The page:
I WANT TO ASK YOU A LITTLE BIT ABOUT MAINE, BECAUSE WE'VE OBVIOUSLY GOT A TEA PARTY GOVERNOR, AND I'M ALSO LOOKING AT PEOPLE LIKE MICHELE BACHMANN WHO'S A BIG TEA PARTY ICON FROM MINNESOTA, YANKEEDOM. IN READING THE CHARACTERISTICS OF THE NATIONS AND HOW THEY CARRY THINGS OUT, TO ME THE TEA PARTY SEEMS DEEP SOUTH IN CHARACTER. It is indeed, and the regional nature of the Tea Party is to be discussed in a feature that I wrote for Washington Monthly that's coming out in about a week or two. I'll be treating it in great detail. I don't want to steal their thunder, and I will back it with statistics and everything in that article, but yes, the vast majority of the Tea Party caucus in Congress, the self-identified Tea Party caucus, come from the four nations that form the Dixie Bloc coalition with a staggering number from the Deep South, and there are only three from the entirety of Yankeedom, none from New Netherland, none from Left Coast, and almost all of the Tea Party's most high-profile leaders, with the exception of Bachmann, all come from the Far West or Deep South or Greater Appalachia, and those who have succeeded here, the Tea Party has seen major setbacks in Yankeedom, including in Maine. Scott Walker in Wisconsin who won by very little, it's not as though the majority culture of Wisconsin has embraced his platform. He's encountered enormous headwinds, including the successful recall of state senators. Paul LePage's agenda, he won in a vote split. Not only are his opinion-poll ratings staggeringly low, but within a month and a half he managed to alienate the legislative Republican leadership in the state and is well-known to not be friendly with the conservative head of the Republican Party. So yes, the Tea Party appears to be national at first glance, but in fact when you actually look at where it's succeeding and where it's failing, it's extremely regional. But details on that coming up shortly in that magazine piece.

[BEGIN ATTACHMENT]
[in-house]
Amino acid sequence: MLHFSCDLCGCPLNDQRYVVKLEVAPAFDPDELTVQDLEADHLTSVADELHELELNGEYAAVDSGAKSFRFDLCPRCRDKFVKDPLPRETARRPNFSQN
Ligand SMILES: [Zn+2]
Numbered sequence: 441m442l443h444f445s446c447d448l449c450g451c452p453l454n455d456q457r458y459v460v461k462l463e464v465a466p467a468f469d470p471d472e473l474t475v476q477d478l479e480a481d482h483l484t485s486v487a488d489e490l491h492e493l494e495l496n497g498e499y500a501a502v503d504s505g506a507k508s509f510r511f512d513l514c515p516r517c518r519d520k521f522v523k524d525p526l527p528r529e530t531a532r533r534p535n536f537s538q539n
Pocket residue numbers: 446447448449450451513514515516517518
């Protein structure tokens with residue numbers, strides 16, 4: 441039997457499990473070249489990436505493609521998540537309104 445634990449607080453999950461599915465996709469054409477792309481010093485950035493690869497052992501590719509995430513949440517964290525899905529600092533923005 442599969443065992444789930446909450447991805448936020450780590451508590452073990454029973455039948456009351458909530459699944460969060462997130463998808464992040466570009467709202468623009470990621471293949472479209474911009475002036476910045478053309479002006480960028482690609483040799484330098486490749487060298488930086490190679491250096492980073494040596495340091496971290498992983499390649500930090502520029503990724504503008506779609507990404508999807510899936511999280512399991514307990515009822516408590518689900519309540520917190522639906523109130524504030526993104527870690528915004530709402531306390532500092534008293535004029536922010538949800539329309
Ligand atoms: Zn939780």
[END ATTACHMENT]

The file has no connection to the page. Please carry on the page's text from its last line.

What the book is ultimately suggesting is where we see all these divisions today and the country seems to be so polarized and everyone's worried about it and the federal government's having difficulty functioning, what I bring forward in American Nations is that a lot of these divisions that we see now are regional in nature and in fact the country has seen those same regional divisions throughout our history, in all sorts of events. We've always been divided on regional grounds ever since the beginning. I think people sort of forget that. In times of crisis, we often are trying to look back at the Founding Fathers to recapture the supposedly lost set of shared ideals. You know, that if we only could recover those the country would be healed again.